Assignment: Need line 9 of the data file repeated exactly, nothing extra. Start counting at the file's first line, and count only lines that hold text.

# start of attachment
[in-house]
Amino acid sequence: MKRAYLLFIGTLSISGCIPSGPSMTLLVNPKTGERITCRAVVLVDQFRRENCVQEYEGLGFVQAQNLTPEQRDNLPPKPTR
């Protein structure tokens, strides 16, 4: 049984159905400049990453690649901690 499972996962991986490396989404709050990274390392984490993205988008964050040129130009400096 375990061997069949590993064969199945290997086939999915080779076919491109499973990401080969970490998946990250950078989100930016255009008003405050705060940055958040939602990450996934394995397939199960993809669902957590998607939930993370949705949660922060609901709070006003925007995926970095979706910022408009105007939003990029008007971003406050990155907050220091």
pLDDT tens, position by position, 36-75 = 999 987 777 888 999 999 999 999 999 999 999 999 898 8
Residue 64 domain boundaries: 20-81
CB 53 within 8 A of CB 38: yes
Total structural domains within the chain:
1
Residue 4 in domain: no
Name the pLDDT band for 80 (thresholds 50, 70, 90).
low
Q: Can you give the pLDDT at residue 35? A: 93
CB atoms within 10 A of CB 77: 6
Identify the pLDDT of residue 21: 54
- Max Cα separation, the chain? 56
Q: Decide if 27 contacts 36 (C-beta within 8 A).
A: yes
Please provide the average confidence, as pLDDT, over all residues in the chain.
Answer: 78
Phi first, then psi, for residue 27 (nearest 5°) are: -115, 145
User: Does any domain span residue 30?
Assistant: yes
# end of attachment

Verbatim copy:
Residue 4 in domain: no